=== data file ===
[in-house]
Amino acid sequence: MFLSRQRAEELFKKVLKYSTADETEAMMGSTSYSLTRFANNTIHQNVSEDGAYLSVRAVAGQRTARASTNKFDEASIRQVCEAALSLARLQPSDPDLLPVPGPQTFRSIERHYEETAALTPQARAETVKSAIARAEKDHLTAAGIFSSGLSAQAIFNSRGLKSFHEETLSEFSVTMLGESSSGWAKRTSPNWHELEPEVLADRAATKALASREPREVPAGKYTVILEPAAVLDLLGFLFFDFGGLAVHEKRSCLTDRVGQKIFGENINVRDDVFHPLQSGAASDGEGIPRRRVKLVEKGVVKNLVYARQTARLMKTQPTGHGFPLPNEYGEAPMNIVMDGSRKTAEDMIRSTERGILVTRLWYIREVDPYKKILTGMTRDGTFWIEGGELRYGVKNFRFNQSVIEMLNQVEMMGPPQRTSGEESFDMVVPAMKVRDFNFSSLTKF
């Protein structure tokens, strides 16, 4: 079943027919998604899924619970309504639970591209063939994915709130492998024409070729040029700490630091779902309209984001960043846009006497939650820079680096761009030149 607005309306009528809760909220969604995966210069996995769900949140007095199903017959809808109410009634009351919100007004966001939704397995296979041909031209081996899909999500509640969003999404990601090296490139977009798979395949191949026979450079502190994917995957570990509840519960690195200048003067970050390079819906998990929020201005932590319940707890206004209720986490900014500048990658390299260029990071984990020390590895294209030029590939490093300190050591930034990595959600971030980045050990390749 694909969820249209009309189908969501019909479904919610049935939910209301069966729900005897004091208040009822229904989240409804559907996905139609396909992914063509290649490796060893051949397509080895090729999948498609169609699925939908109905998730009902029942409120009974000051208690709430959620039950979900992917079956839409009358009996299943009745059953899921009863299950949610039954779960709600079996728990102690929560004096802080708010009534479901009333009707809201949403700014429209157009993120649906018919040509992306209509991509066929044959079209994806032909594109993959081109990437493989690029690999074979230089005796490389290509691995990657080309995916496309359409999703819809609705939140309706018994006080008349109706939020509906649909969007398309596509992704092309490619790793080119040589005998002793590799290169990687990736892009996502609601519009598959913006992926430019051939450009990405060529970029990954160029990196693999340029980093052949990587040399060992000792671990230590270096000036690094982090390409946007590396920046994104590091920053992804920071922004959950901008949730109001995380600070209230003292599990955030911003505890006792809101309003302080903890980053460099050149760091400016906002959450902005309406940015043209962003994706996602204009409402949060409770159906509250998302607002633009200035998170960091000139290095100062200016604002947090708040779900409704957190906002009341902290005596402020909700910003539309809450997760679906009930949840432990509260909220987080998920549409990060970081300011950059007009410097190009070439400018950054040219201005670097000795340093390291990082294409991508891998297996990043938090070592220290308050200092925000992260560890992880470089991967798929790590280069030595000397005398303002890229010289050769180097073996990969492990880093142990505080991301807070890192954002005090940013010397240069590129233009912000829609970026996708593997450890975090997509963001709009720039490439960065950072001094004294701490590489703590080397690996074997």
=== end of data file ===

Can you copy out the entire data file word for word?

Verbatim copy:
[in-house]
Amino acid sequence: MFLSRQRAEELFKKVLKYSTADETEAMMGSTSYSLTRFANNTIHQNVSEDGAYLSVRAVAGQRTARASTNKFDEASIRQVCEAALSLARLQPSDPDLLPVPGPQTFRSIERHYEETAALTPQARAETVKSAIARAEKDHLTAAGIFSSGLSAQAIFNSRGLKSFHEETLSEFSVTMLGESSSGWAKRTSPNWHELEPEVLADRAATKALASREPREVPAGKYTVILEPAAVLDLLGFLFFDFGGLAVHEKRSCLTDRVGQKIFGENINVRDDVFHPLQSGAASDGEGIPRRRVKLVEKGVVKNLVYARQTARLMKTQPTGHGFPLPNEYGEAPMNIVMDGSRKTAEDMIRSTERGILVTRLWYIREVDPYKKILTGMTRDGTFWIEGGELRYGVKNFRFNQSVIEMLNQVEMMGPPQRTSGEESFDMVVPAMKVRDFNFSSLTKF
């Protein structure tokens, strides 16, 4: 079943027919998604899924619970309504639970591209063939994915709130492998024409070729040029700490630091779902309209984001960043846009006497939650820079680096761009030149 607005309306009528809760909220969604995966210069996995769900949140007095199903017959809808109410009634009351919100007004966001939704397995296979041909031209081996899909999500509640969003999404990601090296490139977009798979395949191949026979450079502190994917995957570990509840519960690195200048003067970050390079819906998990929020201005932590319940707890206004209720986490900014500048990658390299260029990071984990020390590895294209030029590939490093300190050591930034990595959600971030980045050990390749 694909969820249209009309189908969501019909479904919610049935939910209301069966729900005897004091208040009822229904989240409804559907996905139609396909992914063509290649490796060893051949397509080895090729999948498609169609699925939908109905998730009902029942409120009974000051208690709430959620039950979900992917079956839409009358009996299943009745059953899921009863299950949610039954779960709600079996728990102690929560004096802080708010009534479901009333009707809201949403700014429209157009993120649906018919040509992306209509991509066929044959079209994806032909594109993959081109990437493989690029690999074979230089005796490389290509691995990657080309995916496309359409999703819809609705939140309706018994006080008349109706939020509906649909969007398309596509992704092309490619790793080119040589005998002793590799290169990687990736892009996502609601519009598959913006992926430019051939450009990405060529970029990954160029990196693999340029980093052949990587040399060992000792671990230590270096000036690094982090390409946007590396920046994104590091920053992804920071922004959950901008949730109001995380600070209230003292599990955030911003505890006792809101309003302080903890980053460099050149760091400016906002959450902005309406940015043209962003994706996602204009409402949060409770159906509250998302607002633009200035998170960091000139290095100062200016604002947090708040779900409704957190906002009341902290005596402020909700910003539309809450997760679906009930949840432990509260909220987080998920549409990060970081300011950059007009410097190009070439400018950054040219201005670097000795340093390291990082294409991508891998297996990043938090070592220290308050200092925000992260560890992880470089991967798929790590280069030595000397005398303002890229010289050769180097073996990969492990880093142990505080991301807070890192954002005090940013010397240069590129233009912000829609970026996708593997450890975090997509963001709009720039490439960065950072001094004294701490590489703590080397690996074997």